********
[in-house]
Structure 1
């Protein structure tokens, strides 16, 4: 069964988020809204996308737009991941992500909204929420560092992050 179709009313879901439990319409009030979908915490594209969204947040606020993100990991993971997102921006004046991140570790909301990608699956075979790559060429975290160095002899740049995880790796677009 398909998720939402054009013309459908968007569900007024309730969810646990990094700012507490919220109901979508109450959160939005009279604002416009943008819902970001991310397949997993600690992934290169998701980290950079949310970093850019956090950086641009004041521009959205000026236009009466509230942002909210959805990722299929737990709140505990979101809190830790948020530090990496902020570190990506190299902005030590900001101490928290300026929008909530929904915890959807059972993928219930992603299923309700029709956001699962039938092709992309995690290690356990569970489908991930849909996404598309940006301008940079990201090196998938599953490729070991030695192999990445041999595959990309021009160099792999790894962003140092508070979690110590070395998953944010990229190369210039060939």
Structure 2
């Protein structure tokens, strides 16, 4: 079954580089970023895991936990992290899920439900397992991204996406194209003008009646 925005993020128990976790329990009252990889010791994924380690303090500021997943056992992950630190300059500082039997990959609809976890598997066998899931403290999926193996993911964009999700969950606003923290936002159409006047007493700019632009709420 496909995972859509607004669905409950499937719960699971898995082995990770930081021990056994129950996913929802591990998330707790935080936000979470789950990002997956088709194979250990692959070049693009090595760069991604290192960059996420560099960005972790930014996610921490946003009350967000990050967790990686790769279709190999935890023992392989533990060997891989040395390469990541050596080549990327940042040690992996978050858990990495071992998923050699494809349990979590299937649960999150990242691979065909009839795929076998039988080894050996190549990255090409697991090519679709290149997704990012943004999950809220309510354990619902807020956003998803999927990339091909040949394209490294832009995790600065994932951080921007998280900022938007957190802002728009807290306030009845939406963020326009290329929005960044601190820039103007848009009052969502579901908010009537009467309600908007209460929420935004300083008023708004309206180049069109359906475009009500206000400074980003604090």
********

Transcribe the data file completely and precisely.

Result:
[in-house]
Structure 1
């Protein structure tokens, strides 16, 4: 069964988020809204996308737009991941992500909204929420560092992050 179709009313879901439990319409009030979908915490594209969204947040606020993100990991993971997102921006004046991140570790909301990608699956075979790559060429975290160095002899740049995880790796677009 398909998720939402054009013309459908968007569900007024309730969810646990990094700012507490919220109901979508109450959160939005009279604002416009943008819902970001991310397949997993600690992934290169998701980290950079949310970093850019956090950086641009004041521009959205000026236009009466509230942002909210959805990722299929737990709140505990979101809190830790948020530090990496902020570190990506190299902005030590900001101490928290300026929008909530929904915890959807059972993928219930992603299923309700029709956001699962039938092709992309995690290690356990569970489908991930849909996404598309940006301008940079990201090196998938599953490729070991030695192999990445041999595959990309021009160099792999790894962003140092508070979690110590070395998953944010990229190369210039060939």
Structure 2
């Protein structure tokens, strides 16, 4: 079954580089970023895991936990992290899920439900397992991204996406194209003008009646 925005993020128990976790329990009252990889010791994924380690303090500021997943056992992950630190300059500082039997990959609809976890598997066998899931403290999926193996993911964009999700969950606003923290936002159409006047007493700019632009709420 496909995972859509607004669905409950499937719960699971898995082995990770930081021990056994129950996913929802591990998330707790935080936000979470789950990002997956088709194979250990692959070049693009090595760069991604290192960059996420560099960005972790930014996610921490946003009350967000990050967790990686790769279709190999935890023992392989533990060997891989040395390469990541050596080549990327940042040690992996978050858990990495071992998923050699494809349990979590299937649960999150990242691979065909009839795929076998039988080894050996190549990255090409697991090519679709290149997704990012943004999950809220309510354990619902807020956003998803999927990339091909040949394209490294832009995790600065994932951080921007998280900022938007957190802002728009807290306030009845939406963020326009290329929005960044601190820039103007848009009052969502579901908010009537009467309600908007209460929420935004300083008023708004309206180049069109359906475009009500206000400074980003604090």